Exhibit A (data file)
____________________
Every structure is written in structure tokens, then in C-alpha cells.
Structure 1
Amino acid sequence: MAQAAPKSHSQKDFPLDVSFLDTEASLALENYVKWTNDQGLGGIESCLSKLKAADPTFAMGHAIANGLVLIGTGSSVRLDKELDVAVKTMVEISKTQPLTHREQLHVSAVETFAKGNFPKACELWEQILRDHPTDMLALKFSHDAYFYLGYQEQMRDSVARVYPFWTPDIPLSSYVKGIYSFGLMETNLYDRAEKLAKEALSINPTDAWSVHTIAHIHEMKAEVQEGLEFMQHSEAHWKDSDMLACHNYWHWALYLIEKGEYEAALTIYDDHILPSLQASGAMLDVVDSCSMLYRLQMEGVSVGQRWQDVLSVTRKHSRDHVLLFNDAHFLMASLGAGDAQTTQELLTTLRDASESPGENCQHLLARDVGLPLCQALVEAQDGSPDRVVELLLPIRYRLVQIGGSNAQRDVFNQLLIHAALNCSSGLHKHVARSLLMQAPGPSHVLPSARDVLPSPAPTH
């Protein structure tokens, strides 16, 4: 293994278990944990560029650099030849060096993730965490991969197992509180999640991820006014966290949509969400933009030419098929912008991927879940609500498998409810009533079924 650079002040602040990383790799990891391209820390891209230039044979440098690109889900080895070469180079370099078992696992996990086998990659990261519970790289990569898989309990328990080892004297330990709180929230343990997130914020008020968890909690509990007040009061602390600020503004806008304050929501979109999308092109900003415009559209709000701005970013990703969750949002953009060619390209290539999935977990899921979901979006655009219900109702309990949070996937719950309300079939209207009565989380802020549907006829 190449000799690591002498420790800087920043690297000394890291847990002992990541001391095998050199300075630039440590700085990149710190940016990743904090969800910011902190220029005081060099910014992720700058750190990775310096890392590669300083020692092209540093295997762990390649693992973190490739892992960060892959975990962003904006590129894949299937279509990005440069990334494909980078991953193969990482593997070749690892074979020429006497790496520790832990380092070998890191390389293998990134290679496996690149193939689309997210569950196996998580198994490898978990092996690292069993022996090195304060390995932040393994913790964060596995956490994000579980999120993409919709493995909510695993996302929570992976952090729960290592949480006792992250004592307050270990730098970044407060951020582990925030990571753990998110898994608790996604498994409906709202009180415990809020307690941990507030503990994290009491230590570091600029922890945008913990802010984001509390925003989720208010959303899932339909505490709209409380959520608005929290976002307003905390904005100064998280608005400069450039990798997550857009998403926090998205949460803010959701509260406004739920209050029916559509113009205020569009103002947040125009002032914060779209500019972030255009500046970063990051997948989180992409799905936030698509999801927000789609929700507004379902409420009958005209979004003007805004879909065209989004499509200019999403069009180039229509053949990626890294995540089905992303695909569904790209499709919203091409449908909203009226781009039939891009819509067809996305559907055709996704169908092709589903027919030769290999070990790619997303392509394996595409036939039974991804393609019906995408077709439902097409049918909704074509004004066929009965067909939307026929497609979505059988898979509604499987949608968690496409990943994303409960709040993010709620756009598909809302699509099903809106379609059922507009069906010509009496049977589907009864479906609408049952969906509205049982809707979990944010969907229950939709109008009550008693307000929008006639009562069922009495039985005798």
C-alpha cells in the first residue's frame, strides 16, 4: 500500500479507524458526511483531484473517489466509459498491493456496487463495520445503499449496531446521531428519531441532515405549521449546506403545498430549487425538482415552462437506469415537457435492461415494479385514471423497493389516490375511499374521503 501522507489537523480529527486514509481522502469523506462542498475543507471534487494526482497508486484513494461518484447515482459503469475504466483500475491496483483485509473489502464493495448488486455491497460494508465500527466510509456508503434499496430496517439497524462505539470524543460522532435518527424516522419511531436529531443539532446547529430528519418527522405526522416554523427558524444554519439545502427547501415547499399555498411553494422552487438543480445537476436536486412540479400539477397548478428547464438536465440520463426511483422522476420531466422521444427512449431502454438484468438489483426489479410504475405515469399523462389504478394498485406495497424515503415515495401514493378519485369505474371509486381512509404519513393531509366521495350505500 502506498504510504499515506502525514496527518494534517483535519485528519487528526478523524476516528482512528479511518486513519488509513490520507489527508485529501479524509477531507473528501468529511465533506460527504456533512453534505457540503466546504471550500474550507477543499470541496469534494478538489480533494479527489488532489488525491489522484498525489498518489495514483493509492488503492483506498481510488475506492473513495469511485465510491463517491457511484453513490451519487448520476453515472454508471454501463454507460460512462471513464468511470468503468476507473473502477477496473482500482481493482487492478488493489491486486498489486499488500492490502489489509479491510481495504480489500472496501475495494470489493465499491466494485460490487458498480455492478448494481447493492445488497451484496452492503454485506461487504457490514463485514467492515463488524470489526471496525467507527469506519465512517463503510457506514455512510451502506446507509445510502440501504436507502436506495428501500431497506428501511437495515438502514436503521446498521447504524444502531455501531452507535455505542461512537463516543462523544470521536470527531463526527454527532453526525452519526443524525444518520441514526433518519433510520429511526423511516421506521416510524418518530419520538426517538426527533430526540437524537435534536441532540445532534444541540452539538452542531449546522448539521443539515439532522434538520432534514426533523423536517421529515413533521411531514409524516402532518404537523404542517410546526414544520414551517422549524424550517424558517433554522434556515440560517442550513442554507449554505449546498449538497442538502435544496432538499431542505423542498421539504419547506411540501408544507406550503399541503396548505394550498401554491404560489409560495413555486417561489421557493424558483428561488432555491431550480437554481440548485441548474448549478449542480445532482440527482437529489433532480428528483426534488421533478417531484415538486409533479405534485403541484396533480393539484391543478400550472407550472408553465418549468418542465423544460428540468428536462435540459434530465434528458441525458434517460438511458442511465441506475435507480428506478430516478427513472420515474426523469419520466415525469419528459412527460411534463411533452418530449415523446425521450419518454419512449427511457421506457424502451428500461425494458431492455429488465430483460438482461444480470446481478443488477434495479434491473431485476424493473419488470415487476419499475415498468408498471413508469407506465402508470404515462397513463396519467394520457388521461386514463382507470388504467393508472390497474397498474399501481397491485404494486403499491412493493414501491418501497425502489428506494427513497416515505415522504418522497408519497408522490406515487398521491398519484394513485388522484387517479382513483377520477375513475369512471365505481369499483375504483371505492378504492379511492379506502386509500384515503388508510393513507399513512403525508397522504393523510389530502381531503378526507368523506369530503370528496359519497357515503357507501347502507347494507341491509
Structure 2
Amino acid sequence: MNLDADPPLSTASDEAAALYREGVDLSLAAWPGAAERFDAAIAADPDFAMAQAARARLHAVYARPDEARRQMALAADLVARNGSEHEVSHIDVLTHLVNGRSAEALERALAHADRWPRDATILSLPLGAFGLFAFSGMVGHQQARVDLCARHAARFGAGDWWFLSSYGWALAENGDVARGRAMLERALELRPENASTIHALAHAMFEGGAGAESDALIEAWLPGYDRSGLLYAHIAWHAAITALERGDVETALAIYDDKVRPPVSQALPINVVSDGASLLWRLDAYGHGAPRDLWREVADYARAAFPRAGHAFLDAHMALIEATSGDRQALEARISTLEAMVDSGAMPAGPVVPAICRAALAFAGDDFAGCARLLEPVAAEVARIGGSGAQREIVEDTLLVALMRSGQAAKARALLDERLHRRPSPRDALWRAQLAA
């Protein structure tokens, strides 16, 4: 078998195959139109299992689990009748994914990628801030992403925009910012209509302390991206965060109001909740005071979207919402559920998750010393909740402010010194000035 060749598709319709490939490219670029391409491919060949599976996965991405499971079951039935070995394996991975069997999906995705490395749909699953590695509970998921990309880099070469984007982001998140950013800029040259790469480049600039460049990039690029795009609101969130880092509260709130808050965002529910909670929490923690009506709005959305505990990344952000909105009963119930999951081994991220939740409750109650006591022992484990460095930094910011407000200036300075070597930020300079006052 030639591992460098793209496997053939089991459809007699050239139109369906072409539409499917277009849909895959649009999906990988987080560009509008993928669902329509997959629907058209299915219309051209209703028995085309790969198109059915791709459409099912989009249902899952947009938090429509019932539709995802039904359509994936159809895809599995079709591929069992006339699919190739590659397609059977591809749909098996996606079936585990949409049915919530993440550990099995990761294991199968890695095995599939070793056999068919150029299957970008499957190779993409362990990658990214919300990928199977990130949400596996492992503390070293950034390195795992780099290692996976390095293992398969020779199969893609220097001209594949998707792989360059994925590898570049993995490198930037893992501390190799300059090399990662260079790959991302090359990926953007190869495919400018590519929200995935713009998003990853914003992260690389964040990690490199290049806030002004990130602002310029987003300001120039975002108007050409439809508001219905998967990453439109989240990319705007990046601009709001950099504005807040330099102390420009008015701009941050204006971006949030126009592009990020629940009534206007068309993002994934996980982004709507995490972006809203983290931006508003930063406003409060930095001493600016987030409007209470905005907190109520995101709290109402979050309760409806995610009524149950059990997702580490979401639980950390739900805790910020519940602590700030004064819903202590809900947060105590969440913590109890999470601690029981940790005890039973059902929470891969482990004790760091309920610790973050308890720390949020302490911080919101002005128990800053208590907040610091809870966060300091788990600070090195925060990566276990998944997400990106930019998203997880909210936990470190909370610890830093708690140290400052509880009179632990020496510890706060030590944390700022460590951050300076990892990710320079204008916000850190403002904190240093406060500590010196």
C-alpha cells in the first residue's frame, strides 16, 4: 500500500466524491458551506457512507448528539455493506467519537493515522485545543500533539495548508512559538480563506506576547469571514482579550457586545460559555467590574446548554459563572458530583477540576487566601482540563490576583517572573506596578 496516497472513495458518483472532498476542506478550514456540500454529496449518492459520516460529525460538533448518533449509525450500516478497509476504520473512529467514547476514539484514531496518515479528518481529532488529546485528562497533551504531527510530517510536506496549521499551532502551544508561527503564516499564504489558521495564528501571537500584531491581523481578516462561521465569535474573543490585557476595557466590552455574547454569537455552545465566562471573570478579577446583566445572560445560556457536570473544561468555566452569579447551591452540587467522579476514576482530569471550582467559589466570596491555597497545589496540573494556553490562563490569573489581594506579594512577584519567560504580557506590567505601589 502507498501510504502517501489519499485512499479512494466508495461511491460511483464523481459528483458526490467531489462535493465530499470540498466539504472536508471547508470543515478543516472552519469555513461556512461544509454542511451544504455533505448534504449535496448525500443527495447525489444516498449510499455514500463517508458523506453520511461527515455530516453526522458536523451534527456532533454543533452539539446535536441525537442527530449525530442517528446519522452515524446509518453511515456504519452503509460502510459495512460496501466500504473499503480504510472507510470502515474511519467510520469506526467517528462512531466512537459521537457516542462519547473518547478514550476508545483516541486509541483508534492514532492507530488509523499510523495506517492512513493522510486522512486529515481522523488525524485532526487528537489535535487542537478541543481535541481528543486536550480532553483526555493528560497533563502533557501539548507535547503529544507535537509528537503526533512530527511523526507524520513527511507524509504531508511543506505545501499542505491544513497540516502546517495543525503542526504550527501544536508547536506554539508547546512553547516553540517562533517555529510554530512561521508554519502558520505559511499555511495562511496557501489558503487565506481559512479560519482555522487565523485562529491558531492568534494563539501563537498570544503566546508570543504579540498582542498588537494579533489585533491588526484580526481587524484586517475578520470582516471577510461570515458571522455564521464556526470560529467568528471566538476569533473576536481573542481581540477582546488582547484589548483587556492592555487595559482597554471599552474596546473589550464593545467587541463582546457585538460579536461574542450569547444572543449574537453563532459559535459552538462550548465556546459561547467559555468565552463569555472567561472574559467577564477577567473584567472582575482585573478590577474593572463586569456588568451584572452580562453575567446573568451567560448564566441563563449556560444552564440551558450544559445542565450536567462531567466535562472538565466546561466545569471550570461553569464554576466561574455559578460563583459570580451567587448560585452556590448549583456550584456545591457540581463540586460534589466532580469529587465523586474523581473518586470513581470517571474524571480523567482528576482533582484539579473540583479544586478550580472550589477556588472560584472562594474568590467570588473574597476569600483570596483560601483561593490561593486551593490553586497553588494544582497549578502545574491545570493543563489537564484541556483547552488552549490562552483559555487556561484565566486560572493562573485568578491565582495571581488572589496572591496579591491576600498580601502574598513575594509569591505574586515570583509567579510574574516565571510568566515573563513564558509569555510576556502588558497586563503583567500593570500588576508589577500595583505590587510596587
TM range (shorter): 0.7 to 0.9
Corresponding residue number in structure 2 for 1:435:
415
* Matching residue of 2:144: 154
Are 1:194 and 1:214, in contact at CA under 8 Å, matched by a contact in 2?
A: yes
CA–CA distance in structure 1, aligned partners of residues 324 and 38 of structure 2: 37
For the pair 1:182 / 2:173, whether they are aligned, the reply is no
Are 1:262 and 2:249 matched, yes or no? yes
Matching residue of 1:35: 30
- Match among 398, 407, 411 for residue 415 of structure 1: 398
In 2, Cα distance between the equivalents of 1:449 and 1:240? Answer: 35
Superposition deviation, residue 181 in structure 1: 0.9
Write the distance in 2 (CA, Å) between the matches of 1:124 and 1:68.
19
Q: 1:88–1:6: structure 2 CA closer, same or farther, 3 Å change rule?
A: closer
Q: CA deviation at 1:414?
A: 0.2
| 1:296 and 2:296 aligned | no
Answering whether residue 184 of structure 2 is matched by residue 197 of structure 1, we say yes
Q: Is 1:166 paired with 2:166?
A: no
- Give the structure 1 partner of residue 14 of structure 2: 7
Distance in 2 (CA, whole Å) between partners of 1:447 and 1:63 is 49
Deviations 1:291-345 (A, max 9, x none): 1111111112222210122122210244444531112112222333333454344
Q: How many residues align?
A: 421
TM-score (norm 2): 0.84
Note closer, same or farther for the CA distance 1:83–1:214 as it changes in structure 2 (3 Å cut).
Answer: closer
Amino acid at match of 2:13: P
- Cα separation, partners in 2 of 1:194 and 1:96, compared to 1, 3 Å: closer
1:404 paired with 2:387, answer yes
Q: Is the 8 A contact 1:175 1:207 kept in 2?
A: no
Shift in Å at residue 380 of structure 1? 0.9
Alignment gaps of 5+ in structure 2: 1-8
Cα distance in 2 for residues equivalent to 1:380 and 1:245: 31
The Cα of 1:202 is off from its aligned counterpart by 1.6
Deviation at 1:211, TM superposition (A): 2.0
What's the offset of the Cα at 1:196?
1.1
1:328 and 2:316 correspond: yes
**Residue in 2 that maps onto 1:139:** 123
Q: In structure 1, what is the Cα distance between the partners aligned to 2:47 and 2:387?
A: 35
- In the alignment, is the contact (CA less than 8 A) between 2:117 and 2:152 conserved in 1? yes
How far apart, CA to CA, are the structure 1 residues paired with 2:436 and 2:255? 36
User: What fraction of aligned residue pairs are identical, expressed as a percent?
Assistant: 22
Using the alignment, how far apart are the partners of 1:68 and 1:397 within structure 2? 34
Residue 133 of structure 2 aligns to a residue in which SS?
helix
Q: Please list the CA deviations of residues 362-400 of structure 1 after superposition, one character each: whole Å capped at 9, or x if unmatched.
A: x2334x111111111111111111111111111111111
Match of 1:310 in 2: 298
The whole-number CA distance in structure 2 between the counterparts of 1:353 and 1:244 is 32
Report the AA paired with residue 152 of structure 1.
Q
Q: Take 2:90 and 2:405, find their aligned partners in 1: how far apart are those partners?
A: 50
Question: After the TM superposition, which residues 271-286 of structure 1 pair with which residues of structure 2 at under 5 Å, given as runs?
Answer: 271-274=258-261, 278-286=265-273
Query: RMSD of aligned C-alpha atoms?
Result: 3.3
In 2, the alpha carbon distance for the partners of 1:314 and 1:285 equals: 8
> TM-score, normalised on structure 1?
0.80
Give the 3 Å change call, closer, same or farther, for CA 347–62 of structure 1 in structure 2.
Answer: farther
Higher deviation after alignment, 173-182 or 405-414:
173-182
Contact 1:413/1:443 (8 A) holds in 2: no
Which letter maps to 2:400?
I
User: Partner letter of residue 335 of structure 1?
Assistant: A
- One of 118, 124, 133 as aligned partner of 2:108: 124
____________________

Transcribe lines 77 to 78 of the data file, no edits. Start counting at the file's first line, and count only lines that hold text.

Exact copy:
> TM-score, normalised on structure 1?
0.80